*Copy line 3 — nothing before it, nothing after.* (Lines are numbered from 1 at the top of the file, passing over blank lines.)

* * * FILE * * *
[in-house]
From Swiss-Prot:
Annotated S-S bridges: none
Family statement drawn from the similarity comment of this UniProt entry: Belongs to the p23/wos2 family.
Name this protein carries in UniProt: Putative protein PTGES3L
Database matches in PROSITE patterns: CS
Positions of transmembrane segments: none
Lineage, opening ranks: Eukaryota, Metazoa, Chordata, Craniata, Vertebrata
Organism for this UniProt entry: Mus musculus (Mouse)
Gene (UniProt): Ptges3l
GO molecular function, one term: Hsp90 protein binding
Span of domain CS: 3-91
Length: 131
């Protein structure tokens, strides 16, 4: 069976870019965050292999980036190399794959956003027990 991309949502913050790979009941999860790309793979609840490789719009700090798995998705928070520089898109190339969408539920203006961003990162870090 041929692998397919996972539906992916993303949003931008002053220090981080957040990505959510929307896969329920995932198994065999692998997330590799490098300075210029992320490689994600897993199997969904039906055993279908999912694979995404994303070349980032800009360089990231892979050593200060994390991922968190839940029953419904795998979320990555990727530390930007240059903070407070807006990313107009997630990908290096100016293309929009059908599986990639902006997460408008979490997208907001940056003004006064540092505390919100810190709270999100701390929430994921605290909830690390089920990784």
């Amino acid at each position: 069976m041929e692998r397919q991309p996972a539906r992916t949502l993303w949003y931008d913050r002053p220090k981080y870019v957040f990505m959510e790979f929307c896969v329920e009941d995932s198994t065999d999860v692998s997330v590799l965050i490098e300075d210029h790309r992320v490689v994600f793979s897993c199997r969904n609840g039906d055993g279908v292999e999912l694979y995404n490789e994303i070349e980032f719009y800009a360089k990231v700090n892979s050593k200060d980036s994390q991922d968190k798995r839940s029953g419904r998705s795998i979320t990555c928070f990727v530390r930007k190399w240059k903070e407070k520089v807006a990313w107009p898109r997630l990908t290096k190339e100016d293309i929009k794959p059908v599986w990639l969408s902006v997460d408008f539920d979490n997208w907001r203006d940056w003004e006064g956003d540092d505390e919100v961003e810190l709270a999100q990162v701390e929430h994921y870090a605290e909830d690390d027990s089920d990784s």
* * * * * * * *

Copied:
Annotated S-S bridges: none